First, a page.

Valve is changing the shape of Dota 2’s tournament structure

Ben Parfitt
Valve is changing the shape of Dota 2’s tournament structure

Next year's competitive Dota 2 scene will bring with it an overhaul to the game's entire esports structure.

Currently the game revolves around a limited number of Major tournaments backed by Valve. This is changing, however, with Valve now choosing to back a growing number of smaller third party tournaments.

Furthermore, the invite system will be ditched in favour of a more transparent points system which will be tied to players rather than to teams. This means that should a player switch to a rival team, their points will travel with them.

Only the points of a team's top three scorers will contribute to a team's overall score so as to not deter the signing of less experienced younger players.

New Major events will be required to offer a minimum prize pool of $500k which Valve itself will then match, bringing the prize pool up to $1m+. Minors, meanwhile, must offer around $150k, with Valve again matching that number. Majors will award more points than Minors, while The International will of course offer the most of all.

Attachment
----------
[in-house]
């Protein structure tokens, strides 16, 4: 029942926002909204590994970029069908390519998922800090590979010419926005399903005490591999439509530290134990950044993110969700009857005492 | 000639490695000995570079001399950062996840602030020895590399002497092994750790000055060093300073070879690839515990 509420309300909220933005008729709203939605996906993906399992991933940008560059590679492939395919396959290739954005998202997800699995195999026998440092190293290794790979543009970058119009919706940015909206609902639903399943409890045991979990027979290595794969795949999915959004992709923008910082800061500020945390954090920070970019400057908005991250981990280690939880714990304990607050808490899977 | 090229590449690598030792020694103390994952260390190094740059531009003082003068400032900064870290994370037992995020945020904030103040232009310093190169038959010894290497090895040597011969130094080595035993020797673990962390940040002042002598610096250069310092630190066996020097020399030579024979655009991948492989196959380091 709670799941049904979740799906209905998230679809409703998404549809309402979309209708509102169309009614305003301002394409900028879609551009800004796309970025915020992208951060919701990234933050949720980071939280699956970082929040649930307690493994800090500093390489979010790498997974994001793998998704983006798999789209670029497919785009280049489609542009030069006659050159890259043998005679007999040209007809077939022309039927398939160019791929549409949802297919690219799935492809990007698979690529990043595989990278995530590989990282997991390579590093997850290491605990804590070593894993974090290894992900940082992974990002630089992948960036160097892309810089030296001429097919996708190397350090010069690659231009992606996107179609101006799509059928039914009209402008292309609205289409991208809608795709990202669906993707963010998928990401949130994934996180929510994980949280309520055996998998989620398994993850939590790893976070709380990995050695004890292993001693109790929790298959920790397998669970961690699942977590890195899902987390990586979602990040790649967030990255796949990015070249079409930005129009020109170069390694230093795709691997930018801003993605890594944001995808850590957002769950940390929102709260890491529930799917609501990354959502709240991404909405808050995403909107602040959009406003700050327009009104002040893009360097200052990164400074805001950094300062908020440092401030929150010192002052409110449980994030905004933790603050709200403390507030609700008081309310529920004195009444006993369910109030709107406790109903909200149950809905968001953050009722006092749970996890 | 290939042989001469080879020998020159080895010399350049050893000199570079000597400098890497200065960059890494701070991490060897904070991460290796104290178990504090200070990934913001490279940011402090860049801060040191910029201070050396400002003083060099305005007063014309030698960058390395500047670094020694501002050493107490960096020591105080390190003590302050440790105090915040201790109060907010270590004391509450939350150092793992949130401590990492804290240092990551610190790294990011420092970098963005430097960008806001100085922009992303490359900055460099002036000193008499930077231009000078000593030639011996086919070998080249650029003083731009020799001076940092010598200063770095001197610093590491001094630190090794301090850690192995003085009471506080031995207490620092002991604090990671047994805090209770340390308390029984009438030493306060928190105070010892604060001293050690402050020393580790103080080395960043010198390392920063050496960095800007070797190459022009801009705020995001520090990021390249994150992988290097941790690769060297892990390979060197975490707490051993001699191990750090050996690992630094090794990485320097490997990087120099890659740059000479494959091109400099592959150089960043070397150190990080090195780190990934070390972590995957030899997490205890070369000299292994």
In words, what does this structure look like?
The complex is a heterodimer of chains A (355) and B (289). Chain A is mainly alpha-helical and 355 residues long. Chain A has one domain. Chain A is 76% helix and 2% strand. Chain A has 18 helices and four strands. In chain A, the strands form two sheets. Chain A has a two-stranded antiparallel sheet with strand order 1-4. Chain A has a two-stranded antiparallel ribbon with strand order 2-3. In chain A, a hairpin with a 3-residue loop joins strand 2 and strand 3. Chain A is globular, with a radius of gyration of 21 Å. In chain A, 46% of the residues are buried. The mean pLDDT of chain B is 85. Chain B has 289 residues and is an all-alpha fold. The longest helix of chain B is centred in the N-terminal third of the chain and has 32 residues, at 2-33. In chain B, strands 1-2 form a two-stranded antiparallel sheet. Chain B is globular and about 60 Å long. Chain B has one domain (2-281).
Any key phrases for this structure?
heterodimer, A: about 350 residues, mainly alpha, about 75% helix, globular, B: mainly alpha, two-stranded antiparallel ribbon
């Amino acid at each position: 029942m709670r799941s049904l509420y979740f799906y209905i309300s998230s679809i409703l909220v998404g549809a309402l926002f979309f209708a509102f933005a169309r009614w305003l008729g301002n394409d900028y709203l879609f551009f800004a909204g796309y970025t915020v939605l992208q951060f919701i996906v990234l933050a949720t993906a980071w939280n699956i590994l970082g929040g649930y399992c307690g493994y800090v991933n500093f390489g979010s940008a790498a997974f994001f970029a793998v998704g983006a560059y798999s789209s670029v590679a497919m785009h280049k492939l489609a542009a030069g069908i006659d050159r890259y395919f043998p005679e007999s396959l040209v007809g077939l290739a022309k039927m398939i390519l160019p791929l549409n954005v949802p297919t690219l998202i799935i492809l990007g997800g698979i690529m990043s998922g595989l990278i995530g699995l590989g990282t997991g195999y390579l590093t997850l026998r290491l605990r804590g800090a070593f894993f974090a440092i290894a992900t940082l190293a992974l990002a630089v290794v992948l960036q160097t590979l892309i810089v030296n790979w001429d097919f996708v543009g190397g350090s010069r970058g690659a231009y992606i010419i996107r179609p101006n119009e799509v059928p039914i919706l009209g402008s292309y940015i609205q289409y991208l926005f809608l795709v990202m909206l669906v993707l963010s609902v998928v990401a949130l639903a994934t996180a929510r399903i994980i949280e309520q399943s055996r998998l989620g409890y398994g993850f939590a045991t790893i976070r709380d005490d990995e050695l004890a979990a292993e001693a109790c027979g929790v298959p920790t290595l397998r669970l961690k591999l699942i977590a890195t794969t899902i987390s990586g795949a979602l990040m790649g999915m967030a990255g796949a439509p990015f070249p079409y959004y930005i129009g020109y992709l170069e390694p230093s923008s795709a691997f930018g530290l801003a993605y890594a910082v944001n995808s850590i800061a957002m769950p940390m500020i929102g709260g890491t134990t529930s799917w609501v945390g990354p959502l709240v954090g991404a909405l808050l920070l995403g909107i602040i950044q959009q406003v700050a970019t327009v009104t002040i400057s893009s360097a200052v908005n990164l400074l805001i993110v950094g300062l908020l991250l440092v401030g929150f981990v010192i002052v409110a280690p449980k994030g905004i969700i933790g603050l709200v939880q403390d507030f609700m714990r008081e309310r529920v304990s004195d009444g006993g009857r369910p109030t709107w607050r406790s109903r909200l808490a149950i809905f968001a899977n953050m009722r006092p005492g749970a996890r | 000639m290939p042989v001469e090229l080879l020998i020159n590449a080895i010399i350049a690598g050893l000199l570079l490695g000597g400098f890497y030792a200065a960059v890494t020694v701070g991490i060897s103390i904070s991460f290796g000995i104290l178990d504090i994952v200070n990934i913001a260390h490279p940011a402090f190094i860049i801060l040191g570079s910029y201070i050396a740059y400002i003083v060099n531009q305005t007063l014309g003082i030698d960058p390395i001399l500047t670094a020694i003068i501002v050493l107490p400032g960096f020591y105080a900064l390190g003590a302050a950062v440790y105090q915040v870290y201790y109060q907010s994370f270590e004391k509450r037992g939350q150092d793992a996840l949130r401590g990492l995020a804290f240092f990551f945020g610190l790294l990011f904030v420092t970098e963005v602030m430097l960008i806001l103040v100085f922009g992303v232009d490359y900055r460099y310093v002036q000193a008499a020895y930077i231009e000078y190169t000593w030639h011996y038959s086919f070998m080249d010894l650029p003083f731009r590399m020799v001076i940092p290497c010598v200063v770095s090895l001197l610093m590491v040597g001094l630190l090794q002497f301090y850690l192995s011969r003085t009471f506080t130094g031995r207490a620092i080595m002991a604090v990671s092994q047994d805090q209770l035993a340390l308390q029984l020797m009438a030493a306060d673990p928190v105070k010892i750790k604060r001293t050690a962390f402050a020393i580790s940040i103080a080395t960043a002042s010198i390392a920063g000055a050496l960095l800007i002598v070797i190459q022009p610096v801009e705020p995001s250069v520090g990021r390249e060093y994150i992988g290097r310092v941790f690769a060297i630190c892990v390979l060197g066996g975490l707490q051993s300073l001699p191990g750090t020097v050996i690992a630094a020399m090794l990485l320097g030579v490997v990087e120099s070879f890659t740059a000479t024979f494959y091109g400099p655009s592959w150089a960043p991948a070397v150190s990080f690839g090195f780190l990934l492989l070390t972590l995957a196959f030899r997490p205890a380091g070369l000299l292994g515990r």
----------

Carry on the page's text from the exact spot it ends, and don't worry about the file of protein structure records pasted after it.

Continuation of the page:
In the past year, we've had two Valve Majors shape the competitive landscape leading to The International. However, for the next year we will be taking a more organic approach to growing the competitive ecosystem, working more closely with third-party tournaments,” Valve said.

To help teams and fans keep track of standings throughout the year, a leaderboard of individual player Qualifying Points and team Qualifying Point Rankings will be available for everyone to follow along with as teams fight their way towards next year's International. Best of luck to the teams competing in August, and we look forward to the upcoming season once a champion is crowned.”

The International 2017 takes place next month in Seattle.

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